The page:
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Conscious living

Updated: Aug 14, 2019

Conscious Living is the third trend theme of the Trend guide MIND SHIFT.

We find ourselves in the middle of a revolution with global challenges. Social and ethical values related to healthcare, global warming and animal welfare are being questioned and are gaining more and more public awareness through the media and internet. The result? They are closer to us than ever before. There is huge awareness of these issues and they do not only challenge us to think differently, but to act differently as well. The concept of ‘sustainability’ is no longer just a ‘green’ issue and a necessary evil. The biggest change in this trend is the growing popular need for conscious consumption among consumers. And the younger the generation – take Generation Z, for example – the more they look for authentic meaning and positive added value in a product or service. What is the provenance of a product, how and from what material is it made? This has become basic information, which has to be transparent and instantly available in brands.


Leah Perry, Spa beauty

These personal and individual motivations create a generation of activists and new communities with associated defined values and beliefs. The consumers themselves want to contribute to resolving these challenges and ultimately, to the creation of the product or service being provided. There is an urgency among businesses and brands to embed corporate and social responsibility in their business strategies. The critical consumer then makes sure that this is actually realised. There is a wave of experimental design, with designers seeking inspiration in natural environments on which humans have left their mark through the ages as a result of their industrial history, including mining. This has generated interesting, new, pale colour palettes through oxidation of metals. These are used in glazes of ceramics and china.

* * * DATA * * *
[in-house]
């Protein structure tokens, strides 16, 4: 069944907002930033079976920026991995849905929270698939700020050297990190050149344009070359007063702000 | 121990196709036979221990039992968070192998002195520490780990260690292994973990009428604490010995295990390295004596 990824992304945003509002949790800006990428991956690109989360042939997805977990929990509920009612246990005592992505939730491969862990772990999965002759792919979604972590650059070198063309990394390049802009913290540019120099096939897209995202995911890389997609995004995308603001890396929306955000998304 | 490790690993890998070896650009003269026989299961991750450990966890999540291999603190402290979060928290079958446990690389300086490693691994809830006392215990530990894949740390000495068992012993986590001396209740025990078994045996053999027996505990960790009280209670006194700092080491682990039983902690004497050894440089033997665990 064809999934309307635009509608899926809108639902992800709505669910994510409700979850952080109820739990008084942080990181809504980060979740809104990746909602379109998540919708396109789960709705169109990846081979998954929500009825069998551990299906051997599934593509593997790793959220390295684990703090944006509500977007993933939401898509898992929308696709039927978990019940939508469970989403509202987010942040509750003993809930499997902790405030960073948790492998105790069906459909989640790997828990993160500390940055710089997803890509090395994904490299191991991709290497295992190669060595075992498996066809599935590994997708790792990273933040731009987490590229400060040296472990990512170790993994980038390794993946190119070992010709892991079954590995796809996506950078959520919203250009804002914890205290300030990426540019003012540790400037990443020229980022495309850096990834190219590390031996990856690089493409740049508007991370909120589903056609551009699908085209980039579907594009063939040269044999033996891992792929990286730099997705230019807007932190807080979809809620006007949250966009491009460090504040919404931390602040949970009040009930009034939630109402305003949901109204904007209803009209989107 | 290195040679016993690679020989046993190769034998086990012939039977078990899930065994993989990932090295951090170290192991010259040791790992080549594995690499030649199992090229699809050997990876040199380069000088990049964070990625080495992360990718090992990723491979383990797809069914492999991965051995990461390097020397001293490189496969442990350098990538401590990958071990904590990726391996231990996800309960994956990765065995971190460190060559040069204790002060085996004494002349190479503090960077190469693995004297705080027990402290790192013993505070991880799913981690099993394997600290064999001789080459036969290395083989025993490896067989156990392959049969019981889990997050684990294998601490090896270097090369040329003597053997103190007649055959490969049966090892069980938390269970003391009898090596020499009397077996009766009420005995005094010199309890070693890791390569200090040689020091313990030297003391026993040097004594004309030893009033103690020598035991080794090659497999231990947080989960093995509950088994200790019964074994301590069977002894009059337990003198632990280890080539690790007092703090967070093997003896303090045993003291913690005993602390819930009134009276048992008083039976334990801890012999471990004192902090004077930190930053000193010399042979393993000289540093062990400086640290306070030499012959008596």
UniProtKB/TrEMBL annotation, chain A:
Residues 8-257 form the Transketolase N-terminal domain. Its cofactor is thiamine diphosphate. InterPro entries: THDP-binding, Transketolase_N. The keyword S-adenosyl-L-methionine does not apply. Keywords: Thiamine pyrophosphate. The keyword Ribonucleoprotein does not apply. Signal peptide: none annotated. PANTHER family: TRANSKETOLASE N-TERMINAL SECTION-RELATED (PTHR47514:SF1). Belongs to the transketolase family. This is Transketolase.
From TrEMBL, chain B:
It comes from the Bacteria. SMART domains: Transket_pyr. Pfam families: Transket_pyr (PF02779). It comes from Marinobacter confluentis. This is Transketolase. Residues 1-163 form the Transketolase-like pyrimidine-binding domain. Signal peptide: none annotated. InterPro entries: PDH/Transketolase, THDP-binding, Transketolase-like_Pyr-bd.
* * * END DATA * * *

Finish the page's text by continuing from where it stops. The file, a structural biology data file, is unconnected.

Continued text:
There is also a new source for materials, with an interest in fast-growing materials based on bacteria, algae and other sources.


Melanie Gloeckler, Vortex yarn

Because of the overproduction of plastics, people are being creative in the way they are reusing them, with new prints and patterns being produced as a result of this upcycling.

Moodboard - materials and textures

Oxidised and re-used colours, origin in nature, dusty tones, matte and drye, chalked effect, enlightened with metallic finishes and details.

Credits: @kirstievannoort, @vincenzodecotiis, @fernandolaposse


This persona we call the moralist. Who is this consumer? And how to apply this movement in your brand identity, products and services. Get inspired and find out how this trend movement can impact your business.


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Learn more about attractive conscious, story doing and other inspiring cases in the newest trend guide Mindshift #1.

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